Metra Azar-Salem said Rabina Badal was a hero in the traumatizing tragedy at Yosemite National Park’s Vernal Fall Tuesday.
That was the message that she wanted to personally relay to the 21-year-old Manteca resident’s parents and family on Thursday before her family headed back home to Orange County.
“My family and I were sitting right behind the victims of the Vernal Fall tragedy in Yosemite on Tuesday. So far, many stories that have been written are incorrect. My family and I were eyewitnesses and (the erroneous reports have) disturbed us greatly,” Azar-Salem said in an e-mail and telephone interview with the Bulletin Thursday.
“We have been up all night praying and we wish to share with the families what we saw in those last few moments of their kids’ lives. I would like to share with (the Badals) what a hero their daughter was and that she actually tried to save the male who fell in first, not vice versa,” said Azar-Salem.
She said, “I was sitting very close to them, directly behind them before they fell in.” She and her family had just climbed the fall’s famous Mist Trail and were getting ready to have lunch when it happened.
“I looked up and a boy was sitting on a rock and his foot slipped. The girl stood up and put her arm around him. My husband and I and other relatives didn’t see the third person,” Azar-Salem said.
News media accounts of what happened, including stories from the Associated Press, indicate that “Badal slipped, and one of the men fell in trying to grab her. The other, who had been taking photos, tried to grab them and slipped in too.”
The two men were identified as Hormiz David, 22, who was studying music production at Modesto Junior College, and Ninos Yacoup, 27, who was a student studying chemistry at California State University, Stanislaus. All three were part of a youth group at St. George’s Church in Ceres who went on a hiking trip to Yosemite on Tuesday. The church is part of the Diocese of California of the Assyrian Church of the East.
Badal, a 2008 graduate of Manteca High School, was a nursing student at the University of San Francisco where she was set to graduate in six months.
According to the latest update from the Associated Press, “the three college students are presumed dead, and a search for their bodies continues, though park officials said they might remain hidden under boulders until fall when the water – now gushing at four times its average rate for this time of year – recedes.”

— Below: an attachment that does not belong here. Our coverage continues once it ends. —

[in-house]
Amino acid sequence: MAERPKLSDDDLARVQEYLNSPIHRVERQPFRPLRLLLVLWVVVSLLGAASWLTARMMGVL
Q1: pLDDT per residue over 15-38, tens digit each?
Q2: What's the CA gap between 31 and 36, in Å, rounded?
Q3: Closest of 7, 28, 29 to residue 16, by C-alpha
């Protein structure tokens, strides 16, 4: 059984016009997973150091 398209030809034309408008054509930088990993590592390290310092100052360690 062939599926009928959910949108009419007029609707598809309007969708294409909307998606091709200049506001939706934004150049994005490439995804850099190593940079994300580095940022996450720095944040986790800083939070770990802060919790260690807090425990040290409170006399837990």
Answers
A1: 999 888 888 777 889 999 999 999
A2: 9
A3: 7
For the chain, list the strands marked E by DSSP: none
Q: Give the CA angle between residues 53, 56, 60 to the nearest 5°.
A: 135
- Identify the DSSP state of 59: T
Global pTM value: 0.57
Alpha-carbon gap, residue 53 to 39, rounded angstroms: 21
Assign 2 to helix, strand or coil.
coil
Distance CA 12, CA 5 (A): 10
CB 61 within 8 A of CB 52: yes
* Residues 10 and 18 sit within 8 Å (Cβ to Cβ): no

At the crowded prayer vigil Wednesday night at the church in Ceres, “Tony and Virginia Badal supported each other as they walked sobbing into the church.” Both were “visibly sickened by grief, paralyzed by the reality of the terrifying manner of death of their daughter and her two friends,” added the AP story.
Family members and friends who were at the Badal home in East Manteca Thursday said an official Facebook page has been created on behalf of the Badal family. The message posted on Thusday read: “As all of you can imagine, we have been overwhelmed with emotion the past few days. We have had an outpour(ing) of friends, relatives and the community wanting to be in touch with us. We decided to make this page to reach out to everyone who has given us support in our time of need as well as everyone who would like to simply know real information about how our family is coping.”
The page went on to add, “We will periodically post our family thoughts, prayers and updates. Please respect our privacy and use only this page to communicate with us. We really urge you to leave only positive comments and thoughts on here. We will be reading comments and thoughts and we hope to gain strength by doing so. We have faith in God that He will protect Ramina Badal, Ninos Yacoub and Nenos David as well as their families during this time.”
The message concluded with a request to “pray with us and focus” on the following scripture verses:
Matthew 18:20 – “For where two or three gather in my name, there am I with them.”
Mark 10:27 – “With God, all things are possible.”
Under standard procedure, signs in Yosemite campgrounds and at the bottom of the trail leading to Vernal Fall warn that water is moving swiftly.
In addition, a park newspaper given out at the gate warns about the water hazards.
Vernal Fall features a guard railing and a metal safety barricade marked with a warning and universal no-swimming icon. The victims in this week’s tragedy had climbed over the barricade before they fell.
Park officials said Thursday they have no plans to add new warning signs or other protections following the deaths.